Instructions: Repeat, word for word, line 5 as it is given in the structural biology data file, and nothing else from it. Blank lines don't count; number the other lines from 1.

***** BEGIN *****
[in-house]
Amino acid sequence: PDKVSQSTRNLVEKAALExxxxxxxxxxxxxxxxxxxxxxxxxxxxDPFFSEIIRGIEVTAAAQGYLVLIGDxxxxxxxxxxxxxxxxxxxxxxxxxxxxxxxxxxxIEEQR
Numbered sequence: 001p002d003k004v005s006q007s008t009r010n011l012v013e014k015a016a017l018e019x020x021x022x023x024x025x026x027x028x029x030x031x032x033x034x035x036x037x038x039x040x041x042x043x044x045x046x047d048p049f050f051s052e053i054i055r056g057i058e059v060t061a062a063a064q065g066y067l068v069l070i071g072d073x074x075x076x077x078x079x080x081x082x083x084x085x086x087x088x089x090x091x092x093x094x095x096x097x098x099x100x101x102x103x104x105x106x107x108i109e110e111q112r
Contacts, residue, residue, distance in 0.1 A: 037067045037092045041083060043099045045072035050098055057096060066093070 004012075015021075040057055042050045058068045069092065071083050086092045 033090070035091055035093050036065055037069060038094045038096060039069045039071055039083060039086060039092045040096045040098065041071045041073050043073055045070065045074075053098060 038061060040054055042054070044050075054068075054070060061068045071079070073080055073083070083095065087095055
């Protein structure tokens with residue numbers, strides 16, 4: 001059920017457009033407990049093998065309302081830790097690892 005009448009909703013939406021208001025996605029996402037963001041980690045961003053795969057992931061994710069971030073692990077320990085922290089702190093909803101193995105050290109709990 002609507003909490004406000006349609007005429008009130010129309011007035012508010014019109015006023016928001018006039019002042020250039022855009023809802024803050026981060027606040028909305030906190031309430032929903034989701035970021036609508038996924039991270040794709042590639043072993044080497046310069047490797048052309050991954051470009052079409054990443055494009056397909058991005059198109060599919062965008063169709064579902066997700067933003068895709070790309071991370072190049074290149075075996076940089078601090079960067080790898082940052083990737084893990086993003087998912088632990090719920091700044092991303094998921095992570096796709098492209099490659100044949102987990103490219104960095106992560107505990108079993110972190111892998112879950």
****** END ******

């Protein structure tokens with residue numbers, strides 16, 4: 001059920017457009033407990049093998065309302081830790097690892 005009448009909703013939406021208001025996605029996402037963001041980690045961003053795969057992931061994710069971030073692990077320990085922290089702190093909803101193995105050290109709990 002609507003909490004406000006349609007005429008009130010129309011007035012508010014019109015006023016928001018006039019002042020250039022855009023809802024803050026981060027606040028909305030906190031309430032929903034989701035970021036609508038996924039991270040794709042590639043072993044080497046310069047490797048052309050991954051470009052079409054990443055494009056397909058991005059198109060599919062965008063169709064579902066997700067933003068895709070790309071991370072190049074290149075075996076940089078601090079960067080790898082940052083990737084893990086993003087998912088632990090719920091700044092991303094998921095992570096796709098492209099490659100044949102987990103490219104960095106992560107505990108079993110972190111892998112879950």